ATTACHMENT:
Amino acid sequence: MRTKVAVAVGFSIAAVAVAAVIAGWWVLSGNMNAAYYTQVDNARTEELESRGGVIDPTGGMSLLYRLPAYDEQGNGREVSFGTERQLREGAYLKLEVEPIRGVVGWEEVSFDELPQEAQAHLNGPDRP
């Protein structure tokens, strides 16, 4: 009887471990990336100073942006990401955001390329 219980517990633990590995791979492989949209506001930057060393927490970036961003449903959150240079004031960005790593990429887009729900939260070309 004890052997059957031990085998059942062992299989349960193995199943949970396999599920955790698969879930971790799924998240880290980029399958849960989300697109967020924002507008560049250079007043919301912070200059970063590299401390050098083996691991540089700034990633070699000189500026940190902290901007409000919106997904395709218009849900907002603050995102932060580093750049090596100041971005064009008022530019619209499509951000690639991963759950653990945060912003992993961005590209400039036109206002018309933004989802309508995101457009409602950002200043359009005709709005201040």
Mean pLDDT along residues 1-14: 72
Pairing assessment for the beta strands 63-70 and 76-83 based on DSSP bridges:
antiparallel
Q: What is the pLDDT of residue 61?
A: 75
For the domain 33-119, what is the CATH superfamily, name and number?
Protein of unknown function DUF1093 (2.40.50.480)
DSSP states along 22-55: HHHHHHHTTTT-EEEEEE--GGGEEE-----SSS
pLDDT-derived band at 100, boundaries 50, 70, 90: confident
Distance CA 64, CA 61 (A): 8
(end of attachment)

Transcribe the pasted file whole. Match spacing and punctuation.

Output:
Amino acid sequence: MRTKVAVAVGFSIAAVAVAAVIAGWWVLSGNMNAAYYTQVDNARTEELESRGGVIDPTGGMSLLYRLPAYDEQGNGREVSFGTERQLREGAYLKLEVEPIRGVVGWEEVSFDELPQEAQAHLNGPDRP
């Protein structure tokens, strides 16, 4: 009887471990990336100073942006990401955001390329 219980517990633990590995791979492989949209506001930057060393927490970036961003449903959150240079004031960005790593990429887009729900939260070309 004890052997059957031990085998059942062992299989349960193995199943949970396999599920955790698969879930971790799924998240880290980029399958849960989300697109967020924002507008560049250079007043919301912070200059970063590299401390050098083996691991540089700034990633070699000189500026940190902290901007409000919106997904395709218009849900907002603050995102932060580093750049090596100041971005064009008022530019619209499509951000690639991963759950653990945060912003992993961005590209400039036109206002018309933004989802309508995101457009409602950002200043359009005709709005201040």
Mean pLDDT along residues 1-14: 72
Pairing assessment for the beta strands 63-70 and 76-83 based on DSSP bridges:
antiparallel
Q: What is the pLDDT of residue 61?
A: 75
For the domain 33-119, what is the CATH superfamily, name and number?
Protein of unknown function DUF1093 (2.40.50.480)
DSSP states along 22-55: HHHHHHHTTTT-EEEEEE--GGGEEE-----SSS
pLDDT-derived band at 100, boundaries 50, 70, 90: confident
Distance CA 64, CA 61 (A): 8